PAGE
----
The 48th Highlanders
The Moss Park Armoury was built in 1965 to provide a home for several units of the Canadian Forces Primary Reserve. The land it sits on is very close to William Allan’s former estate. The 48th Highlanders are among the units stationed there.
The connection between The St. Andrew’s Society and the 48th dates back to the late 1800s. A group of local Scottish cultural organizations came together to raise funds and lobby the government to form the province’s first kilted regiment. Despite being rebuffed on their initial requests, the group persevered and achieved their goal.
The relationship between the Society and the 48th has remained close since the battalion’s inception in 1891. The two organizations have co-hosted the St. Andrew’s Charity Ball for decades with the regiment’s Pipes & Drums a focus of the evening’s entertainment.
Many prominent Torontonians have been members of The St. Andrew’s Society. George Brown, one of the most famous Scottish-Canadians, served as President on two occasions. Brown was born in Scotland and came to Toronto after living in New York for several years. He became a prominent politician as an articulate champion for the province of Upper Canada (the future Ontario). Brown played a major role in securing national unity and was one of the Fathers of Confederation.
Brown was also the founder and editor of The Globe, one of the most influential newspapers of the time. The Globe was renowned for providing up-to-date and accurate information on world affairs in the era before Atlantic cable. Brown also used the paper to support his political agendas including strong support for anti-slavery movements in the United States, Great Britain and British colonies in North America. The Globe would eventually merge with The Mail & Empire in 1936 to form The Globe & Mail, Canada’s leading business newspaper.
Brown is still celebrated many years after his passing. Statues of him can be found at the Legislative Assembly of Ontario in Toronto (Queen’s Park) and on Parliament Hill in Ottawa. George Brown College, one of Canada’s largest post-secondary institutions, is named in his honour.
There are now two entities under the St. Andrew’s banner, the Society and the Charitable Foundation. The Foundation has maintained the benevolent spirit of our founders by delivering grants that focus on families in crisis, homelessness and food insecurity. Over $1 million has been donated to worthy causes in the past 15 years. The focus is on smaller charities that don’t always receive the exposure extended to larger organizations. The funds they receive are greatly appreciated and put to great use. Anyone wishing to make a tax free donation to the Foundation may do so here.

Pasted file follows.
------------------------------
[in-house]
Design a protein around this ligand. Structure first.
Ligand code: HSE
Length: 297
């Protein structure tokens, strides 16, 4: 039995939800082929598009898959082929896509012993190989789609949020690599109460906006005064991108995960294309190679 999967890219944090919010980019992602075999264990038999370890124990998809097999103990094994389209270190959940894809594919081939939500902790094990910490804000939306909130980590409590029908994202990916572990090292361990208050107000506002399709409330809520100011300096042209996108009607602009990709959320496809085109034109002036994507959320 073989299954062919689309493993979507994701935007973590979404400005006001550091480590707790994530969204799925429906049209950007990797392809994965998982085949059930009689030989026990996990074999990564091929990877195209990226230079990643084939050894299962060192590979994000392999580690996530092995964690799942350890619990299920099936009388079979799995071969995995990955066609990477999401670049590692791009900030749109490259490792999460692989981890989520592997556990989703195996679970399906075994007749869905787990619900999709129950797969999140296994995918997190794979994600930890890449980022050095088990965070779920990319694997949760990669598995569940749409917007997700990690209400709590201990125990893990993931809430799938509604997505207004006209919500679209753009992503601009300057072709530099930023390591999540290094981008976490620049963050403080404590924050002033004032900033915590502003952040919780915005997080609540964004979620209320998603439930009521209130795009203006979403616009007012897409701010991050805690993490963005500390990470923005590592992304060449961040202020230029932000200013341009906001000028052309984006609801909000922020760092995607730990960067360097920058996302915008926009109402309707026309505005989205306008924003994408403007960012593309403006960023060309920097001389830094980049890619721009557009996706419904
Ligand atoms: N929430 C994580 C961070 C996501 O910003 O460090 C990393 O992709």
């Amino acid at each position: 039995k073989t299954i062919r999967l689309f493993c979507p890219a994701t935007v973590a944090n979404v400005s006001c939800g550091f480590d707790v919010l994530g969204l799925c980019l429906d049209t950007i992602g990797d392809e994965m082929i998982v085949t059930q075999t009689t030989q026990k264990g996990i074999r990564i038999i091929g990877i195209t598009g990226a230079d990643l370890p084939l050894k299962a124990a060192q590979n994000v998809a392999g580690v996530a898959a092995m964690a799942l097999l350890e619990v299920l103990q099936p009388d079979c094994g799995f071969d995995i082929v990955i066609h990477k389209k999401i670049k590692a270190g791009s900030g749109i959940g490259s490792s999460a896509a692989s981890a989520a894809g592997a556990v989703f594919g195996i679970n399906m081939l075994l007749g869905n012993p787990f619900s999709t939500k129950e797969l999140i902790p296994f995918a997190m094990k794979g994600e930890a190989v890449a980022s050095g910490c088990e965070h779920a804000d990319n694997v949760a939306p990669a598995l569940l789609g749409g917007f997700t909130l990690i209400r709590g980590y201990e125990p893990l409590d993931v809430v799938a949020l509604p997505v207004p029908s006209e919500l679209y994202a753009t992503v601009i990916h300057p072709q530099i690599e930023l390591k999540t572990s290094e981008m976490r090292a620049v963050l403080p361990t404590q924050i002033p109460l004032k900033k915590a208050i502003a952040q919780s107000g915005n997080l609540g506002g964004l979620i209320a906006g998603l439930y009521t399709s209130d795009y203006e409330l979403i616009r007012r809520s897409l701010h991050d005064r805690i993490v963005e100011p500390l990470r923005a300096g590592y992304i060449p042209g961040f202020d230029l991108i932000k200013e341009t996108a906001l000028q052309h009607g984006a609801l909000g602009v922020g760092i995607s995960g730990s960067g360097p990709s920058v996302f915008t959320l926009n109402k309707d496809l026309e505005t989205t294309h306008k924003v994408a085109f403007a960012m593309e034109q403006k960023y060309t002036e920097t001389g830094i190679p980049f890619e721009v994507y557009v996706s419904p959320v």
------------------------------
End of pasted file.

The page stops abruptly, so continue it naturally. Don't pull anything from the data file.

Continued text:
The Charitable Foundation has expanded its good works to help all those in need, regardless of country of origin. And although Scottish immigration has slowed from previous generations, the Society still extends the hand of friendship to newly arrived Scots. They are invited to events over the course of the year and introduced to great winter pastimes like skating and hockey. It is an honour to welcome those who will keep the bonds between our two great countries strong. If there is one thing that history has taught us, it’s that great things happen when Canada and Scotland come together!
Canadians of Scottish heritage will continue to play a key role in the future of Toronto. According to the 2016 national census, 256,255 Torontonians claimed Scottish ancestry. This equated to roughly 9% of the city’s 2.7 million inhabitants. Among the city’s ethnic origin populations, only the Chinese (332,825), English (331,895) and Irish (262,965) registered larger numbers.
The connections to Scotland are dim for many in the Toronto area as their families have been here for generations. The Society encourages these people to remember where they came from and to learn about their heritage. Those who get involved can pay tribute to their ancestors throughout the year via Scottish music, fashion, cuisine, and sport. New faces are always welcome as members and at events. We hope to see you soon!
For those interested in a more detailed background of the society and its members, the book One Hundred Years History captures the organization’s first century. A more recent publication continues the story from 1936-2018: Our Second Century: A History of the St. Andrew’s Society of Toronto.